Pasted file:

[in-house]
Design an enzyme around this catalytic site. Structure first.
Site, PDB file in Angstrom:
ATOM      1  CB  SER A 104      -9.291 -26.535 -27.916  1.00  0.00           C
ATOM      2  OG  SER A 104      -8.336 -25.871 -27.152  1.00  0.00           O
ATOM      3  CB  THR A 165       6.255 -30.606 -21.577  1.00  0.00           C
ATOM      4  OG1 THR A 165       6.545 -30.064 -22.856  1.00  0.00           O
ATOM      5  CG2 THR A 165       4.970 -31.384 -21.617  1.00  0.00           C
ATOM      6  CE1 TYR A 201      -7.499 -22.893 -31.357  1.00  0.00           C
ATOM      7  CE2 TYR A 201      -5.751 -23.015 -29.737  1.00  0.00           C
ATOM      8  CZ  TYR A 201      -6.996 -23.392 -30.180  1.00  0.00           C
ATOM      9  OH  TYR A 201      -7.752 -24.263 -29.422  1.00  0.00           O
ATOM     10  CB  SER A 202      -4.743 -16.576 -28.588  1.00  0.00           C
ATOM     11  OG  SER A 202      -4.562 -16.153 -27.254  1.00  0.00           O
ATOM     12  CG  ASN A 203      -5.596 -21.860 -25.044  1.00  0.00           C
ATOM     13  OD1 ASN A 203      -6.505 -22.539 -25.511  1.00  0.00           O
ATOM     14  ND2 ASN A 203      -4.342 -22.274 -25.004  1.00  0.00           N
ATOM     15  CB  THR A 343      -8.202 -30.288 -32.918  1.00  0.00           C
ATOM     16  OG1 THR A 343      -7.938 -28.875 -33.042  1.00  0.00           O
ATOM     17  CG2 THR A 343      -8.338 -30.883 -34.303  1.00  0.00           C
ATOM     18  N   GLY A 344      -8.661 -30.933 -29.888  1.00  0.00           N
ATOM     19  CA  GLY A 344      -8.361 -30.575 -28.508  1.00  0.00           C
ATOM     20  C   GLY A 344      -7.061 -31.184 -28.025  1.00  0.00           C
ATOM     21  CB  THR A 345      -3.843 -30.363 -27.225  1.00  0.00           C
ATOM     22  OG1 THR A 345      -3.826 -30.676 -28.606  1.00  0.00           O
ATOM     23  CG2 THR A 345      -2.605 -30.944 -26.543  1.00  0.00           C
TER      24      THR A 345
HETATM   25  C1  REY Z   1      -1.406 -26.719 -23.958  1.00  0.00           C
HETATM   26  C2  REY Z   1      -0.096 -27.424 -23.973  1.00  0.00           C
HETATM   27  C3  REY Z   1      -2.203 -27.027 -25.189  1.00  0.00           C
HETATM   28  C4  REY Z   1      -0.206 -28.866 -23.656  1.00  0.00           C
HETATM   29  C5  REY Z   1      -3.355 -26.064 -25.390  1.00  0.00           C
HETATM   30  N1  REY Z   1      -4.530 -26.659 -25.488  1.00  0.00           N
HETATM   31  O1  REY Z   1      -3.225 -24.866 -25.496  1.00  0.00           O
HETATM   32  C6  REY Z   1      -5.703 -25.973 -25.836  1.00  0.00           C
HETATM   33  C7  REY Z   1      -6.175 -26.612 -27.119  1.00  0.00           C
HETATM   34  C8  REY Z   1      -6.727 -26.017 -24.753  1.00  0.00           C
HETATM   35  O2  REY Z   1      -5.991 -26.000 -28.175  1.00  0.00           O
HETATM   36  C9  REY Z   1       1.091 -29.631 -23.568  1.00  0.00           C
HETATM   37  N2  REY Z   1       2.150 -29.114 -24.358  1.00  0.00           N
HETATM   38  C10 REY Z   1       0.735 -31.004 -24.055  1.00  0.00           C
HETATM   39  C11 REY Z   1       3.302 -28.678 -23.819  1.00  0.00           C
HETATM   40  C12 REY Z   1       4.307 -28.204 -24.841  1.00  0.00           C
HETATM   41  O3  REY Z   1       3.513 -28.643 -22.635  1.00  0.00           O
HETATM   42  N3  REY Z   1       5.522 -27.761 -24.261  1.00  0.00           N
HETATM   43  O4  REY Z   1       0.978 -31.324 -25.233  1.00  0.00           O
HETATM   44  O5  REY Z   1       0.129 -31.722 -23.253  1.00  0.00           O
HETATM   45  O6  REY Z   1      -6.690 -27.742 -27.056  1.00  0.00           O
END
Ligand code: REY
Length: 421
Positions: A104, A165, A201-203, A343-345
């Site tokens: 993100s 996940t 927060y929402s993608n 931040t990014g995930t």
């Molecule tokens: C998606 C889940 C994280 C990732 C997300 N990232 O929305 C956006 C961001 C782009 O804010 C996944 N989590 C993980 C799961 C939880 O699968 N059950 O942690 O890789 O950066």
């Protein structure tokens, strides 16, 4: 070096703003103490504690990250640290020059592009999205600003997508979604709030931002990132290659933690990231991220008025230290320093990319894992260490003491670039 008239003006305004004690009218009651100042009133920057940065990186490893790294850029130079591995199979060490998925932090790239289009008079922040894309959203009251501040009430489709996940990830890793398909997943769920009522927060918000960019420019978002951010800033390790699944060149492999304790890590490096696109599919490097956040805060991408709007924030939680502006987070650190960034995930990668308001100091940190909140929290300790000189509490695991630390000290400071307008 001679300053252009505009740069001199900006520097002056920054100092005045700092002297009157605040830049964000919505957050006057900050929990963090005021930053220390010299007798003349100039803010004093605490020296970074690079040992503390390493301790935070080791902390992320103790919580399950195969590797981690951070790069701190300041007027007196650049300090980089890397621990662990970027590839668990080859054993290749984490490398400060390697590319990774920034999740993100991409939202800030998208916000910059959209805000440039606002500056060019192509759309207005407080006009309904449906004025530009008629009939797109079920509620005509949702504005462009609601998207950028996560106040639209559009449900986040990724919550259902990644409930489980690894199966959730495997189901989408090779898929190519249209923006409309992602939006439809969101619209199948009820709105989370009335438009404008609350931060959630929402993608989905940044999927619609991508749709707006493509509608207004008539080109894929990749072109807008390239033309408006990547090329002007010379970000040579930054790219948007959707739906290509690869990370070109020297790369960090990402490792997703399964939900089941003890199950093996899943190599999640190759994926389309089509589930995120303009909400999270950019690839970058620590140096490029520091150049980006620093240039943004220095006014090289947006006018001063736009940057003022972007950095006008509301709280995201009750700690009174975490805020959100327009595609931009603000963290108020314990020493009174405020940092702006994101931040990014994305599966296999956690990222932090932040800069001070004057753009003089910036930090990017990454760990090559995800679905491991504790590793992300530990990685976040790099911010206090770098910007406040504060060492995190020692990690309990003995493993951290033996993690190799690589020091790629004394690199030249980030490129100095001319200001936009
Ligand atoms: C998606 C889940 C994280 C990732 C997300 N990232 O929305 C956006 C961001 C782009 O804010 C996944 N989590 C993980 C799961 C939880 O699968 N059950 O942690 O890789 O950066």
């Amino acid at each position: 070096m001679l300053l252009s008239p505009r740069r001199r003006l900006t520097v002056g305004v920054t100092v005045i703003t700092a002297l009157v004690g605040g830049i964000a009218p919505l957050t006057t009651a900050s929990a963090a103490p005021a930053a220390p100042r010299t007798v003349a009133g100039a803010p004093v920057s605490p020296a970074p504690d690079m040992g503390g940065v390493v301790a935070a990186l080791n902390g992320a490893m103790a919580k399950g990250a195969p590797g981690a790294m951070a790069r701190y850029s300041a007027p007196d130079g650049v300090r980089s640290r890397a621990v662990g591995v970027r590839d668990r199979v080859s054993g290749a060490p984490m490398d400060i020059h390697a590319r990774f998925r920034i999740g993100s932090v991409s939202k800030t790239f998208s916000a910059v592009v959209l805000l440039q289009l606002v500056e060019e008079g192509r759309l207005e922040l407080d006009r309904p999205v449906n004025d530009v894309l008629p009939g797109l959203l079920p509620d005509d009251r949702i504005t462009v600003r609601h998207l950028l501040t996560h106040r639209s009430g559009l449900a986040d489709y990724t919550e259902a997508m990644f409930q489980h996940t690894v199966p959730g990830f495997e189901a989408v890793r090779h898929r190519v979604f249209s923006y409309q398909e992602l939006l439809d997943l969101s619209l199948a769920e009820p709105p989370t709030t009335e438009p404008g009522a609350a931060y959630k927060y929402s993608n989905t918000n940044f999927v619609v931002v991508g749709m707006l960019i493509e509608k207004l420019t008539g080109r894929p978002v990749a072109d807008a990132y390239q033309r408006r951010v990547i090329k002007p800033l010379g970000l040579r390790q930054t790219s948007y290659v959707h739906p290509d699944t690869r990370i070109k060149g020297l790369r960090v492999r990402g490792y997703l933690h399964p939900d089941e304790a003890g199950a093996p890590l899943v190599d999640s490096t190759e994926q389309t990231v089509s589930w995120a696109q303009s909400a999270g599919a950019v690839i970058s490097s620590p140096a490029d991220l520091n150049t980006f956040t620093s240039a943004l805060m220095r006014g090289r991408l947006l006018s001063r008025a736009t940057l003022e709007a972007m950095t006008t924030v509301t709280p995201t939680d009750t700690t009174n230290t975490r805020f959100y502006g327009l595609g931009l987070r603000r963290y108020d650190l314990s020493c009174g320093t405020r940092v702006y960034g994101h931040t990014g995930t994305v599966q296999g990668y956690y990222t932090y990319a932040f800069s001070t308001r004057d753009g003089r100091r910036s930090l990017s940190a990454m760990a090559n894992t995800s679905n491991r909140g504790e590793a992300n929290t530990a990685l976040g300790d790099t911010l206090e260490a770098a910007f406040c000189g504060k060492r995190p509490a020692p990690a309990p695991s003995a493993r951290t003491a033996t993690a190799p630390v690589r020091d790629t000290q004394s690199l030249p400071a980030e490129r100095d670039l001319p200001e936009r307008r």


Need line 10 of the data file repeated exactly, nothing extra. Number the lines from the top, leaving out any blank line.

ATOM      7  CE2 TYR A 201      -5.751 -23.015 -29.737  1.00  0.00           C